On Oct. 15, 1917, Kolbe obtained permission from his superiors at the Conventual Franciscan Collegio-Serafico in Rome to start a new movement which he named the Militia Immaculata or MI.

He, along with six fellow friars, consecrated themselves to the patronage of the Blessed Virgin Mary and worked for the conversion of sinners and enemies of the Catholic Church, especially the Free Masons of that time.

Kolbe believed in using modern technology and innovation as tools for evangelization. As a priest and superior in Niepokalanow (City of the Immaculate), he and his fellow friars operated a printing press to make religious posters. In 1922, Kolbe also founded a monthly periodical called Rycerz Niepokalanej, or Knight of the Immaculate.

“I think he prepared Poland for difficult times to come,” said Grigus. “He sent over a million periodicals and they were for all ages, even for young kids. They were trading them like they were baseball cards or football cards.”

Between 1930 and 1936, Kolbe left Poland for a series of missions to East Asia. In 1931, he moved to Japan where he founded a monastery in Nagasaki and started a Japanese edition of his periodicals, Seibo no Kishi. The monastery he founded remains a prominent site for the Catholic Church in Japan.

In 1936, Kolbe returned to Poland because tuberculosis had caused his health to falter. But his heart for evangelization never weakened. In 1938, he started a radio station, Radio Niepokalanow, as another means to spread the Gospel.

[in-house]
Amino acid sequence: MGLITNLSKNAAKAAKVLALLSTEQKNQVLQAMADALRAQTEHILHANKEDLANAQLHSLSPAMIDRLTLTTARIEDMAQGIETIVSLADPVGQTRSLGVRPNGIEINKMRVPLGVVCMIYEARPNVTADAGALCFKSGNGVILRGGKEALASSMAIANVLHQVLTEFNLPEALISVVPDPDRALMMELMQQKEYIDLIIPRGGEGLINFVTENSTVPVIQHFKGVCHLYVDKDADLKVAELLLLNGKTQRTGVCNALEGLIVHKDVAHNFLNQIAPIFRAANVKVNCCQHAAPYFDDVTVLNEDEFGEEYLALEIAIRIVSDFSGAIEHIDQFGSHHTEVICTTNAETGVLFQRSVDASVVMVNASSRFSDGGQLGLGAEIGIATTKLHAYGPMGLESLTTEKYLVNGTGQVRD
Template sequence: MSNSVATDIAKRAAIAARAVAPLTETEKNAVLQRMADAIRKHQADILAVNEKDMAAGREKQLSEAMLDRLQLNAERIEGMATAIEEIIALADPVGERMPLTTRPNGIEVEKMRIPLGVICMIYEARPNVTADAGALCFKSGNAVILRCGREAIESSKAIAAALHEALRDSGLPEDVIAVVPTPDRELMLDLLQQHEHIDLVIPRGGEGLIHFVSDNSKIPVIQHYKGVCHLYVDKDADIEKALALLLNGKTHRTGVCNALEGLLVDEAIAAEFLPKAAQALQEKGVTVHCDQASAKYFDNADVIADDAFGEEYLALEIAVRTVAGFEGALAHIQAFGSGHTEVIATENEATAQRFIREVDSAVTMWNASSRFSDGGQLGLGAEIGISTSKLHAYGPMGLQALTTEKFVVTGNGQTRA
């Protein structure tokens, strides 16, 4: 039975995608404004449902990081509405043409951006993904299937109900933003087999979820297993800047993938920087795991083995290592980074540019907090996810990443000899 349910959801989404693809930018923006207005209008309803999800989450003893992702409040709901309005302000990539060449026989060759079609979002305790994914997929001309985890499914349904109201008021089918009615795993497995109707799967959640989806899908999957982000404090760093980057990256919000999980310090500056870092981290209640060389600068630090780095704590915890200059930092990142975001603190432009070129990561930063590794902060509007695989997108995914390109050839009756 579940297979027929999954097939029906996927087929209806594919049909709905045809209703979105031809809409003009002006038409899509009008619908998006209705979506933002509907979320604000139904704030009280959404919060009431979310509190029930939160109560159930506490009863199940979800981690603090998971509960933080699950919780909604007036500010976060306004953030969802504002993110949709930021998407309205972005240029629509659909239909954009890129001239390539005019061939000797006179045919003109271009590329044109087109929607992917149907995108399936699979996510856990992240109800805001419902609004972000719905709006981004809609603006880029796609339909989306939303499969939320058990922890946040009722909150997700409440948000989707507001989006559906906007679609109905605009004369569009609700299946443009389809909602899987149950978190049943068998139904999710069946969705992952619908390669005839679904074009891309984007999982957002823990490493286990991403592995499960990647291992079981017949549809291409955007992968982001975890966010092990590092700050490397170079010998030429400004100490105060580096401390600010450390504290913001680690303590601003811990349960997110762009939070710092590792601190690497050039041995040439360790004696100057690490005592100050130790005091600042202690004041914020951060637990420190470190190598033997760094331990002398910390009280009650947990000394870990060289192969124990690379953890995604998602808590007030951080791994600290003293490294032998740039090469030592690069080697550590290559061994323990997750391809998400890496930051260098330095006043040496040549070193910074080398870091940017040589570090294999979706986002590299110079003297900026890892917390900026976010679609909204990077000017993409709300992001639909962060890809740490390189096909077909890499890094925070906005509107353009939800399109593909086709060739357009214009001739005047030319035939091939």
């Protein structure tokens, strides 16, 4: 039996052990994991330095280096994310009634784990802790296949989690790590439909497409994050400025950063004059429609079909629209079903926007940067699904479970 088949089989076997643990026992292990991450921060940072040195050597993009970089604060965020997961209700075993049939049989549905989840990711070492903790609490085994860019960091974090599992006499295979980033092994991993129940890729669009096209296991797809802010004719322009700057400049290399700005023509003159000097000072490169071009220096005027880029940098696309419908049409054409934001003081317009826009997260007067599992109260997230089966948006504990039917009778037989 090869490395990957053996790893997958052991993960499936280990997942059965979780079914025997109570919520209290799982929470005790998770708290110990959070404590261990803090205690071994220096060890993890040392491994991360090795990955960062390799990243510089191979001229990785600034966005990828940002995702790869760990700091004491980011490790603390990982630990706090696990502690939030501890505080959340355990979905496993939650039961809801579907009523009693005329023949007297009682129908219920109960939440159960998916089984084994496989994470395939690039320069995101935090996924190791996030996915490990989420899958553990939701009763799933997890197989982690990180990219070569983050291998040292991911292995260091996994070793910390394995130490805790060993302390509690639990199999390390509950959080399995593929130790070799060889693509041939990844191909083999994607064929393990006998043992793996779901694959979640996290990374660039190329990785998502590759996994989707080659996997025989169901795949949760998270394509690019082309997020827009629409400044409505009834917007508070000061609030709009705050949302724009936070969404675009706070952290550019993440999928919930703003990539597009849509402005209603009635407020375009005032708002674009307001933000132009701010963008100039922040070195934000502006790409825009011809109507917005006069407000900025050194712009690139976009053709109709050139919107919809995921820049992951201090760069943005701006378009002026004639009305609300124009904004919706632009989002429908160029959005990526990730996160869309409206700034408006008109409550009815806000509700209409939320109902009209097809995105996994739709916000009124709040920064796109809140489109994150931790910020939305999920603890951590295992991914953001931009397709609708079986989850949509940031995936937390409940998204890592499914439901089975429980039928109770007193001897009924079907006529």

“He’s really a modern saint,” said Grigus. “The millennials are high into technology and Maximilian’s idea was to use the latest technology that the world has available to propagate the Gospel.”

When the Second World War broke out, Kolbe was one of the few brothers who remained in the Niepokalanow monastery. He continued to publish religious works and used the publishing house to issue a number of anti-Nazi German publications.

On Feb. 17, 1941, Kolbe finished writing his final and most comprehensive essay on the Virgin Mary’s identity as perfectly united to the Holy Spirit. Hours later, the monastery was shut down and Kolbe was arrested.

As he was taken away by the Gestapo, he is famously known to have said, “Courage, my sons. Don’t you see that we are leaving on a mission? They pay our fare in the bargain. What a piece of good luck! The thing to do now is to pray well in order to win as many souls as possible.”

On May 28, Kolbe was transferred to Auschwitz as prisoner #16670.

In reflecting on his visit to Auschwitz during World Youth Day, Mesina felt an incredible connection to his patron saint. He kneeled in front of the wall of Kolbe’s cell block 18 and prayed there for about 45 minutes.

“He turned that death bunker, the most hellish place, into a chapel,” said Mesina. “People would hear the rosary being prayed and hymns to Our Lady being sung... The prisoners would be so wrapped up in prayer that sometimes they wouldn’t even notice when the SS guards would come in for their daily check.”

In July 1941, a prisoner from Kolbe’s barracks escaped. In order to set an example, the commander of the barracks choose 10 men for the starvation bunker. One of the men selected, Franciszek Gajowniczek, cried out, “My wife! My children!” Seeing the man’s distress, Kolbe volunteered to take his place.

Kolbe suffered two weeks of starvation before he was killed by lethal injection to make room for more prisoners.

“It’s ironic that fo